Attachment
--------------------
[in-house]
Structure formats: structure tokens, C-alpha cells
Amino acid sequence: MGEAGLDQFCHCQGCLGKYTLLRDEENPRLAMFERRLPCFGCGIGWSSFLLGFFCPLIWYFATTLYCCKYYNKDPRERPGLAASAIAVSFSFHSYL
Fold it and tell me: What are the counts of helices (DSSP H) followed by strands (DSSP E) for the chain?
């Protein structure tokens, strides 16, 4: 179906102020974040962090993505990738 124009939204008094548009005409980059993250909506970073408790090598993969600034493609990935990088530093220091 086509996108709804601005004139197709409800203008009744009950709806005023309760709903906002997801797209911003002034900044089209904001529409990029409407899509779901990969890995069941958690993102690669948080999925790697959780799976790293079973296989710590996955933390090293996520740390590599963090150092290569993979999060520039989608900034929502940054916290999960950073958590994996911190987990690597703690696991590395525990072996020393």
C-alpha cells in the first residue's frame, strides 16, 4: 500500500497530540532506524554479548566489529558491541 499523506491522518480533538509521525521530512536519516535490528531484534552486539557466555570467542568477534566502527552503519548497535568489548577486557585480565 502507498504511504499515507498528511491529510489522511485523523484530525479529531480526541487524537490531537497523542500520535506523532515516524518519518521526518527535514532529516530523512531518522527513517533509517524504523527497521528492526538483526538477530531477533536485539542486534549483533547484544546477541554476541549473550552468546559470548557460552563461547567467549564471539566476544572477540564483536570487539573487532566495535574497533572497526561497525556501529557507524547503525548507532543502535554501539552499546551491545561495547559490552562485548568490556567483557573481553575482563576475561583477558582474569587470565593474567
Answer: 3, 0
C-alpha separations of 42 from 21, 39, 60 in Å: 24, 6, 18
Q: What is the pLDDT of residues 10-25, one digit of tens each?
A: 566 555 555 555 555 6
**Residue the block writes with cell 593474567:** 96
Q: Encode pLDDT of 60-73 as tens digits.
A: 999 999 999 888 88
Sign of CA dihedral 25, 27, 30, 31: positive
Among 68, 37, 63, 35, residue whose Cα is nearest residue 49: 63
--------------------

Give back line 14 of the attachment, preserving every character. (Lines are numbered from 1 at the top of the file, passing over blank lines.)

Sign of CA dihedral 25, 27, 30, 31: positive